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NASA Astronomy Picture of the Day (September 21, 2011)

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  • mahtezcatpoc
    http://apod.nasa.gov/apod/ap110921.html Have you ever seen the Pleiades star cluster? Even if you have, you probably have never seen it like this: all dusty.
    Message 1 of 379 , Sep 22, 2011
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      "Have you ever seen the Pleiades star cluster? Even if you have, you probably have never seen it like this: all dusty. Perhaps the most famous star cluster on the sky, the bright stars of the Pleiades can be seen without binoculars from even the depths of a light-polluted city. With a long exposure from a dark location, though, the dust cloud surrounding the Pleiades star cluster becomes very evident. The above exposure took about 30 hours and covers a sky area several times the size of the full moon. Also known as the Seven Sisters and M45, the Pleiades lies about 400 light years away toward the constellation of the Bull (Taurus). A common legend with a modern twist is that one of the brighter stars faded since the cluster was named, leaving only six stars visible to the unaided eye. The actual number of Pleiades stars visible, however, may be more or less than seven, depending on the darkness of the surrounding sky and the clarity of the observer's eyesight."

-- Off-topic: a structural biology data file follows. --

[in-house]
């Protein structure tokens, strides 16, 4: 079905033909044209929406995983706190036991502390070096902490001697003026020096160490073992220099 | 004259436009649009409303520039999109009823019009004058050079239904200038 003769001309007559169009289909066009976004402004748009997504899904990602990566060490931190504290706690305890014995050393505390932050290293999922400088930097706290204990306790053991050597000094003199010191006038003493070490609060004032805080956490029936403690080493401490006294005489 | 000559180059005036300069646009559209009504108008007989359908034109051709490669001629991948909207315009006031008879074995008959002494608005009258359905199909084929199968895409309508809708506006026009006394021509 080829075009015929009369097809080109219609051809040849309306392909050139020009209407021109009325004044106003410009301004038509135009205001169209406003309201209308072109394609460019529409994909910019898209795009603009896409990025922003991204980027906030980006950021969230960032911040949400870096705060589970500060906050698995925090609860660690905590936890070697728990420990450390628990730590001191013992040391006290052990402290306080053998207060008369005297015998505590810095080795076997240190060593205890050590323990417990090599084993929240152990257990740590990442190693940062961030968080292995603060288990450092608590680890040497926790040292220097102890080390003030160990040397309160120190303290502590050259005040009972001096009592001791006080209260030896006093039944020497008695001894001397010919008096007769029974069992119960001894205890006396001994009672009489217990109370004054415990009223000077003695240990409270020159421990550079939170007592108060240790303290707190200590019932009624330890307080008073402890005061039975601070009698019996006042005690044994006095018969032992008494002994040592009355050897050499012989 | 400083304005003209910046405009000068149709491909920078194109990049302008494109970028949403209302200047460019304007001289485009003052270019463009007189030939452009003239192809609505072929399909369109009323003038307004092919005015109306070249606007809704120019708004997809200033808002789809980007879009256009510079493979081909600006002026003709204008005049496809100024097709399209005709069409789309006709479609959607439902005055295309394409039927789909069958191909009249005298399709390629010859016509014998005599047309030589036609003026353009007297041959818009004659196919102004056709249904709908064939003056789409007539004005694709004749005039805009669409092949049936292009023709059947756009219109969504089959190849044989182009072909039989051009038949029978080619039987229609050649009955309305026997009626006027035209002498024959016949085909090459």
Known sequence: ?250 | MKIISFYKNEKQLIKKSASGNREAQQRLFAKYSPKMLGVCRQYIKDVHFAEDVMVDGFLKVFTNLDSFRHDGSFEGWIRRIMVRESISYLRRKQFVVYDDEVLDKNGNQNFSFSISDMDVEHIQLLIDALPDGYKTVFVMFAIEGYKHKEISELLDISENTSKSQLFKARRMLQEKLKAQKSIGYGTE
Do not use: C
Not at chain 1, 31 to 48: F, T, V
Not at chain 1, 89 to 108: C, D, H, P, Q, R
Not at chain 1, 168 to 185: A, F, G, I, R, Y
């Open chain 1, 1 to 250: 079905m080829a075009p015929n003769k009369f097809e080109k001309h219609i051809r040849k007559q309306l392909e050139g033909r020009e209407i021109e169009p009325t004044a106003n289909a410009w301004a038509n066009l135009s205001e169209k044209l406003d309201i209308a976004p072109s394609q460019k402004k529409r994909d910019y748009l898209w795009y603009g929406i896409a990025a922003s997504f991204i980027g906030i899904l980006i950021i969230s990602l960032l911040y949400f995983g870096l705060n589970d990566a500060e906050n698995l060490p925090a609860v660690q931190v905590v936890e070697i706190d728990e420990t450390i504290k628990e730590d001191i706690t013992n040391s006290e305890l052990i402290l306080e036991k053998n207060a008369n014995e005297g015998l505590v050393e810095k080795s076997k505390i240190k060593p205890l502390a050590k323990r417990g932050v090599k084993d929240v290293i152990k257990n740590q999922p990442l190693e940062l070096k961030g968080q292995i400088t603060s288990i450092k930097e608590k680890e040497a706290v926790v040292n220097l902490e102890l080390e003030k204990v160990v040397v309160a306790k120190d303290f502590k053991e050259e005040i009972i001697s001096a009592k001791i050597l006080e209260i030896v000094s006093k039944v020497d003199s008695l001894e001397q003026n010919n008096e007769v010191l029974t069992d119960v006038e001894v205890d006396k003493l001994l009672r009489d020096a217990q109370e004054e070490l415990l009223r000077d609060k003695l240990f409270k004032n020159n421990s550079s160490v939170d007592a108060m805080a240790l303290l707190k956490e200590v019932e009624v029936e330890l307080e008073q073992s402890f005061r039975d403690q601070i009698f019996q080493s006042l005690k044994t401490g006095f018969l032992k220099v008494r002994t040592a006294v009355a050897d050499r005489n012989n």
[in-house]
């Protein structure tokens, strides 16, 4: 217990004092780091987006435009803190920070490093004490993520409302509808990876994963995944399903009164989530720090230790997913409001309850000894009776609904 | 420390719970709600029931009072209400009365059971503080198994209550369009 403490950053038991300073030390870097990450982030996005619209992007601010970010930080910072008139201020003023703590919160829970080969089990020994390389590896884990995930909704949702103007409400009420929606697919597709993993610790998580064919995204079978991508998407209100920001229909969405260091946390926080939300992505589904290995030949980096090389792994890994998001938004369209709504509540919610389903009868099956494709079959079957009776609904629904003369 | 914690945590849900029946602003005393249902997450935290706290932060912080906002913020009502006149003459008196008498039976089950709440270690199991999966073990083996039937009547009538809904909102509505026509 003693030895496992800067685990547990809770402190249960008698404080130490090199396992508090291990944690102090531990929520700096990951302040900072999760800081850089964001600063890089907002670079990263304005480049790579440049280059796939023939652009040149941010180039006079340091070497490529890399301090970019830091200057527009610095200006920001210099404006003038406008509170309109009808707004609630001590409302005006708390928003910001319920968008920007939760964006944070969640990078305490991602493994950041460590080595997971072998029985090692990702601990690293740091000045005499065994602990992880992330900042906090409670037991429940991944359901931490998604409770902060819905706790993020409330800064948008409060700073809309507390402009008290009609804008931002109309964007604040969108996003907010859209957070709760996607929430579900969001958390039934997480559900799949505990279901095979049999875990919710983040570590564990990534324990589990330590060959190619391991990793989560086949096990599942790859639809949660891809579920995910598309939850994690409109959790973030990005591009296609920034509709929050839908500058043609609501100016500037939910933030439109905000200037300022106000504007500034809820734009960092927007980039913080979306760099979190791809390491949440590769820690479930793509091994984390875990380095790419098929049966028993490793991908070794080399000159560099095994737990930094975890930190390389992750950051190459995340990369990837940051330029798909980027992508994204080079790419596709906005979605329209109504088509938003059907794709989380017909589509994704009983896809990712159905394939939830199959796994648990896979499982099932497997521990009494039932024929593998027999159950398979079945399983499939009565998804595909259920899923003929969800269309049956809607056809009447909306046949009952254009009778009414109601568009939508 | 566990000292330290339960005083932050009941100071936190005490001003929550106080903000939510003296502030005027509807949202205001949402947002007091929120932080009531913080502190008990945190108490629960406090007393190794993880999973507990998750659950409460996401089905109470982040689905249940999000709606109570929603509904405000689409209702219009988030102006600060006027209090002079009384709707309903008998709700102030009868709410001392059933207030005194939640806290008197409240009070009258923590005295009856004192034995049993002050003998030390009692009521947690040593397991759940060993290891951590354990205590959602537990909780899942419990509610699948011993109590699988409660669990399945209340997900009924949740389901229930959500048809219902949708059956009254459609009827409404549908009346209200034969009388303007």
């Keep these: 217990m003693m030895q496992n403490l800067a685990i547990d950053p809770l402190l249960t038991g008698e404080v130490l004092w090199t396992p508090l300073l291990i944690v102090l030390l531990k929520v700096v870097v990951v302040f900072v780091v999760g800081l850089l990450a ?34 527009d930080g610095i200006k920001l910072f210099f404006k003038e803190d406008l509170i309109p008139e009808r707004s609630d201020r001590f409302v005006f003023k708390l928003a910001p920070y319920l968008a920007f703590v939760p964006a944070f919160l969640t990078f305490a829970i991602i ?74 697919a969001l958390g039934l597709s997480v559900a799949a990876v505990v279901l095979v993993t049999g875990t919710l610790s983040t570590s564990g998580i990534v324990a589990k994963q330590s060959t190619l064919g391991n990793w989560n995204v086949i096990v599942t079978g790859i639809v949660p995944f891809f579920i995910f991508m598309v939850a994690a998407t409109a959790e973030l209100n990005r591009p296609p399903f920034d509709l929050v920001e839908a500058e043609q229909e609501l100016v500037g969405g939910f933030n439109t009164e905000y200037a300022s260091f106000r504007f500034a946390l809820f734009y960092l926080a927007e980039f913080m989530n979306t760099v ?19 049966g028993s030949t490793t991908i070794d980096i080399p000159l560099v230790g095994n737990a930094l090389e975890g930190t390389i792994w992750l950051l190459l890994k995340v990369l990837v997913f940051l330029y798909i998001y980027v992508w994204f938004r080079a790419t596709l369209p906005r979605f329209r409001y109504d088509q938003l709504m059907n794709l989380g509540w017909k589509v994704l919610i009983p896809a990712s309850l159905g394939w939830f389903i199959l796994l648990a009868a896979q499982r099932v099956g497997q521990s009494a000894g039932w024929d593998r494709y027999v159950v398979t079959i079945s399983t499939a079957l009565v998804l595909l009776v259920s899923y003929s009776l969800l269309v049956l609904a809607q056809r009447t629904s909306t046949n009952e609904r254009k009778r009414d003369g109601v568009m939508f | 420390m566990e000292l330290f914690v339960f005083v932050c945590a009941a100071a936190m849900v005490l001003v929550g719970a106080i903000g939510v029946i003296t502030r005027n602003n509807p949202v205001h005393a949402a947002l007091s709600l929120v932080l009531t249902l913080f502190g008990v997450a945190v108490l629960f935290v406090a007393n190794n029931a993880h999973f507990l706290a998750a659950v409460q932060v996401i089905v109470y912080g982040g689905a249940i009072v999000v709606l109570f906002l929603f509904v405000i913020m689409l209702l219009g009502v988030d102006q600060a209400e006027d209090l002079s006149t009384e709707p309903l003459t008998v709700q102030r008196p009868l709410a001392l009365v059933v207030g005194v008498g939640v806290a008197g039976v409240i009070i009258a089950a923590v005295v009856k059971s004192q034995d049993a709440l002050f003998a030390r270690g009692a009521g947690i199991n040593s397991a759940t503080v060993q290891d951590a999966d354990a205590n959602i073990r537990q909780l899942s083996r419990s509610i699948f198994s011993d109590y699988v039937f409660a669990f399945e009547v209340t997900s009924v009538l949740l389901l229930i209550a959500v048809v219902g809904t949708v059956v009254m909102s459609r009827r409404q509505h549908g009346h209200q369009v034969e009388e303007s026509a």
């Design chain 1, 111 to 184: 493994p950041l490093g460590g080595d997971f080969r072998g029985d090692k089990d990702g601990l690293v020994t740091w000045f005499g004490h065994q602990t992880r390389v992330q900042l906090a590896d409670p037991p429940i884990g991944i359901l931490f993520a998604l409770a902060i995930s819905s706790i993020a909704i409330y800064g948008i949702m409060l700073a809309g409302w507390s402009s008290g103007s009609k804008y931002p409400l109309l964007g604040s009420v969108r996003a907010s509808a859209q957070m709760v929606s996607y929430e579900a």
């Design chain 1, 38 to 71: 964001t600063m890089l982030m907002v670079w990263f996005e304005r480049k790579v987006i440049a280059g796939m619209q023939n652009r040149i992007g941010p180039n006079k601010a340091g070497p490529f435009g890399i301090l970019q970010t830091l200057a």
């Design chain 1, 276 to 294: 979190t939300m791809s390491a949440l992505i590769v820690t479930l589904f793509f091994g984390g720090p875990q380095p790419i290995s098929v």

Mark A. Holmes
    • mahtezcatpoc
      http://apod.nasa.gov/apod/ap111126.html IC 5067, the Pelican Nebula in Cygnus. Mark A. Holmes
      Message 379 of 379 , Dec 1, 2011
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        IC 5067, the Pelican Nebula in Cygnus.


        Mark A. Holmes
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